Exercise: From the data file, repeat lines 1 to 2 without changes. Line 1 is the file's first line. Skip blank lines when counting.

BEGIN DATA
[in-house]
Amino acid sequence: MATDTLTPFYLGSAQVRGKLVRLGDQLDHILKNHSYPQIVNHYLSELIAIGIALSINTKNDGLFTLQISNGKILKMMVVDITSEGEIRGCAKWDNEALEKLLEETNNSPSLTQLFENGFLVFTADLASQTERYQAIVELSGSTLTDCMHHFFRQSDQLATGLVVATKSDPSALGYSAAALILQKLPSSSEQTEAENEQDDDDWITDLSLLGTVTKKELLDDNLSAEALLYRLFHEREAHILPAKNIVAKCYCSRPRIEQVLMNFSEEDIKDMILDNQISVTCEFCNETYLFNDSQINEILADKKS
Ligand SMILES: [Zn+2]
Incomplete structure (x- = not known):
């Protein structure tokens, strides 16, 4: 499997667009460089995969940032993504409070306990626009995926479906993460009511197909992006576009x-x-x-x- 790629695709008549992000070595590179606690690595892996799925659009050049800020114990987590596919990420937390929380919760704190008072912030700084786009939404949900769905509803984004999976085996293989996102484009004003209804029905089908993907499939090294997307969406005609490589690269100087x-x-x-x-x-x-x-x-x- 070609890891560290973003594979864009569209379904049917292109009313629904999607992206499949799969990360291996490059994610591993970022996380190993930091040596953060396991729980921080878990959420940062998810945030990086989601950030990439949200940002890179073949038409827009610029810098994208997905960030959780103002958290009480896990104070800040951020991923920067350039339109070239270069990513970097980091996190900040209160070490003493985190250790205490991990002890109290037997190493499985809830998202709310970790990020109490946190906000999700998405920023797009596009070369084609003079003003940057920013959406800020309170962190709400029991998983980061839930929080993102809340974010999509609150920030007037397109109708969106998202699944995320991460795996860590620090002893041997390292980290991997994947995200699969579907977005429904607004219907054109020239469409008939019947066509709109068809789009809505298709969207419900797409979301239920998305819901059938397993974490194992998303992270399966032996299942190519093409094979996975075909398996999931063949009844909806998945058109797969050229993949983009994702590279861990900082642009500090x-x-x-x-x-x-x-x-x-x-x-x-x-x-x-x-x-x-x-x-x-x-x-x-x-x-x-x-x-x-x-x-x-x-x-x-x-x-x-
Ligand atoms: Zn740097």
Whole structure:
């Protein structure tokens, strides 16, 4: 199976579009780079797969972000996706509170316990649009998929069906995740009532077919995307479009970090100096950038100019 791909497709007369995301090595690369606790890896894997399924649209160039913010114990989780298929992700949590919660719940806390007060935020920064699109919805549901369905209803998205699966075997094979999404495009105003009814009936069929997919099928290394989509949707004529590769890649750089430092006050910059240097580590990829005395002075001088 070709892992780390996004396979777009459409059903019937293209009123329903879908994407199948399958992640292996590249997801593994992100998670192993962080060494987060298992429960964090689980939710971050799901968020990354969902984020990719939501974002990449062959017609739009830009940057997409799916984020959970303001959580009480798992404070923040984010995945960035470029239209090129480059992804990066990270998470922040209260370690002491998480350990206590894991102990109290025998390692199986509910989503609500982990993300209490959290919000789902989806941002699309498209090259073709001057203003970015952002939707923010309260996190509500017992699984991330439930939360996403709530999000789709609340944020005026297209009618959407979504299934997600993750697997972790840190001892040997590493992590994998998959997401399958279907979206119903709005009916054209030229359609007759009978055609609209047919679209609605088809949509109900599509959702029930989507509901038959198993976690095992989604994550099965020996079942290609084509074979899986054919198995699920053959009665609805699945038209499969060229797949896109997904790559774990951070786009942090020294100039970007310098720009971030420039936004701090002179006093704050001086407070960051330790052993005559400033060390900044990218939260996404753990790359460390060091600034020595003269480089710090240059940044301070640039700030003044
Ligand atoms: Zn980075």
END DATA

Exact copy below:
[in-house]
Amino acid sequence: MATDTLTPFYLGSAQVRGKLVRLGDQLDHILKNHSYPQIVNHYLSELIAIGIALSINTKNDGLFTLQISNGKILKMMVVDITSEGEIRGCAKWDNEALEKLLEETNNSPSLTQLFENGFLVFTADLASQTERYQAIVELSGSTLTDCMHHFFRQSDQLATGLVVATKSDPSALGYSAAALILQKLPSSSEQTEAENEQDDDDWITDLSLLGTVTKKELLDDNLSAEALLYRLFHEREAHILPAKNIVAKCYCSRPRIEQVLMNFSEEDIKDMILDNQISVTCEFCNETYLFNDSQINEILADKKS